A quick glance around the corner and the coast is clear. Round you scoot, the radio chatter of nearby soldiers scratching at your ears like roaches. You've had a few engagements already, so you know what these bozos are like; very, very far from the by-the book, route-marching, brain farting automata common to most first-person shooters. Wing these bastards and they'll retreat to lick their wounds. So you give chase... and seconds later they counter attack en masse with a ferocity that'll reduce your level of joypad control to that of a newborn - all fingers, thumbs, and dumb-arse stabbing. Good luck, son - these guys know exactly where their triggers are. And aren't afraid to use 'em.
So, this is F.E.A.R., then. Countless lead-spewing engagements that meld into a mantra of violence, and one that goes on for hour after hour... after hour. As the name suggests, there's a darkness to this game that demands you play it with the lights off for full effect. As the new recruit in First Encounter Assault Recon, a paramilitary police force, you're thrown into a situations that are, shall we say, unusual. A genetically modified military officer, capable of psychically controlling the troops under him, has gone postal. The last anyone saw of him was a piece of CCTV footage which showed the aforementioned gimmer chowing down on the remains of a hapless flatfoot. The sucker needs dropping, and that's where you come in.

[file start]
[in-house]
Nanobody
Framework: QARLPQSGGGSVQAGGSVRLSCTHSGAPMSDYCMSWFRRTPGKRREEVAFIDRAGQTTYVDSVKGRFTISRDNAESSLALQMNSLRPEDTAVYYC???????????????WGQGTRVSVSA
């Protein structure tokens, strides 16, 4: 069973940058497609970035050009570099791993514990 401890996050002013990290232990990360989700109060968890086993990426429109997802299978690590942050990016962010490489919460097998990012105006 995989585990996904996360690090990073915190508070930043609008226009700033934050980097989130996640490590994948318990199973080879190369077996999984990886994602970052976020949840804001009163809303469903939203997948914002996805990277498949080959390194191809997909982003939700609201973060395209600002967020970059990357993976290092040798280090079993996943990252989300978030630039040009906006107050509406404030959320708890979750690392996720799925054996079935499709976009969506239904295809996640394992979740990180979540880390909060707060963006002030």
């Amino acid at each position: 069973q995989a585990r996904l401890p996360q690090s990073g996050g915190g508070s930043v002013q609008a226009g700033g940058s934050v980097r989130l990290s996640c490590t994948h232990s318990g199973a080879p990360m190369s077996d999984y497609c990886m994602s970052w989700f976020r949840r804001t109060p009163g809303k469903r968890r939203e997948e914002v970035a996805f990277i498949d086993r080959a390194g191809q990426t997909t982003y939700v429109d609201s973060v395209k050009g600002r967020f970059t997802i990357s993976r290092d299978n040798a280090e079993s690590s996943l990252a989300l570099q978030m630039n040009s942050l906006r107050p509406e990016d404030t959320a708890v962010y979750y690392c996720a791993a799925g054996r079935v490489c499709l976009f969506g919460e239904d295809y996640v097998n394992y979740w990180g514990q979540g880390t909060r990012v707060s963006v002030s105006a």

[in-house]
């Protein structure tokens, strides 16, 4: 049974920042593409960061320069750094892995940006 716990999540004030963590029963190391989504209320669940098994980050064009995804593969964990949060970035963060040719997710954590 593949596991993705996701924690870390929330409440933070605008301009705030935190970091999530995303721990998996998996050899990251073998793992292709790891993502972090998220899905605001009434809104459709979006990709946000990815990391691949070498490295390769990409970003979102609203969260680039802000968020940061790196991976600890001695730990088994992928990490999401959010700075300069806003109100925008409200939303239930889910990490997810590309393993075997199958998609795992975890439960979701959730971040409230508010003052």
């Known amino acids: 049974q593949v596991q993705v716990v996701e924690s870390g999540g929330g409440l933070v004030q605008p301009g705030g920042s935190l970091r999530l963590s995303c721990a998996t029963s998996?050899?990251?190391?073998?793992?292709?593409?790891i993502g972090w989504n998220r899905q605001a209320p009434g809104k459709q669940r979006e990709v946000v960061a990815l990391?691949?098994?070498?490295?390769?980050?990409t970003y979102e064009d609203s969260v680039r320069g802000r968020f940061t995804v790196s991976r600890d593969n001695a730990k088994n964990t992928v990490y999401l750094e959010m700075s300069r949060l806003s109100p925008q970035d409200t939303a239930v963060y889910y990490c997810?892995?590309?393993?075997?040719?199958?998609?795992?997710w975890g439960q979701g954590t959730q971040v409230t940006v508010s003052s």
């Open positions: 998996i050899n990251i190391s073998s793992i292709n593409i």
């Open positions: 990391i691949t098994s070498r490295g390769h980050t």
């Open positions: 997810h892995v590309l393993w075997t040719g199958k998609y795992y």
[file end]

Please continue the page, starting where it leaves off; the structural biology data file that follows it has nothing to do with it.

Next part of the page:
One of F.E.A.R.'s most compelling traits is its slo-mo combat. Think Max Payne, and you're nearly there - although to be fair, it's closer to The Matrix in visual effectiveness. F.E.A.R. was developed as a PC game first and foremost, so as you'd expect, the visual effects are nothing less than breathtaking; activate slo-mo, and bullets move sluggishly through the air, leaving spiralled distortion patterns in wake. As the slugs pound home, goons jerk, flail and roar like they've spent their lives in expensive slow-motion ballet training. It's a sight to see, and turns every engagement into a swirling dance in which you find yourself becoming the most anal of perfectionists. Soon enough, it's not enough just to kill; you'll want to turn every engagement into a piece of art, in which the minimum of ammo is expended for maximum effect, and the moment you slip back into real time, a pile of corpses falls to earth on cue.
The only flies in the ointment are that the PC version, while graphically breathtaking, needed high system specs to run at a decent speed. Given the demands on the hardware brought about by some extremely rich texture and bump-mapping work, which then gets an overlay of sheer eye-twisting insanity in slo-mo situations, you can probably expect some frame rate drops in particularly hairy scenes. In addition, the combat sequences very much were the heart of the game, as the scenery and enemies didn't undergo any dramatic advances as the story played out. Fingers crossed that the Xbox 360 version will readdress these issues to our benefit using its as-good-as-a-top of- the-range-graphics-card tech... but, as always, we'll wait and see for sure.
Generally though, we expect F.E.A.R. to knock our socks off. 360 is capable of pretty much anything a modern PC can do, and outputting at 720p on a hi-def TV, there'll be no better qualification of your expenditure. Just be aware that - if the PC version is anything to go by - you're in for a long-haul of corridors and laboratories, with endless combat sequences, not storyline, as the centrepiece. More soon...
Concentrating on focused FPS combat, sequences and mindblowing visual effects, almost to the exclusion of all else, in these matters, F.E.A.R.'s likely to be an unparalleled success. But while this may whet the whistle of the FPS purist, those seeking adventure and mind-expansion through pleasing vistas and storyline will be left wanting.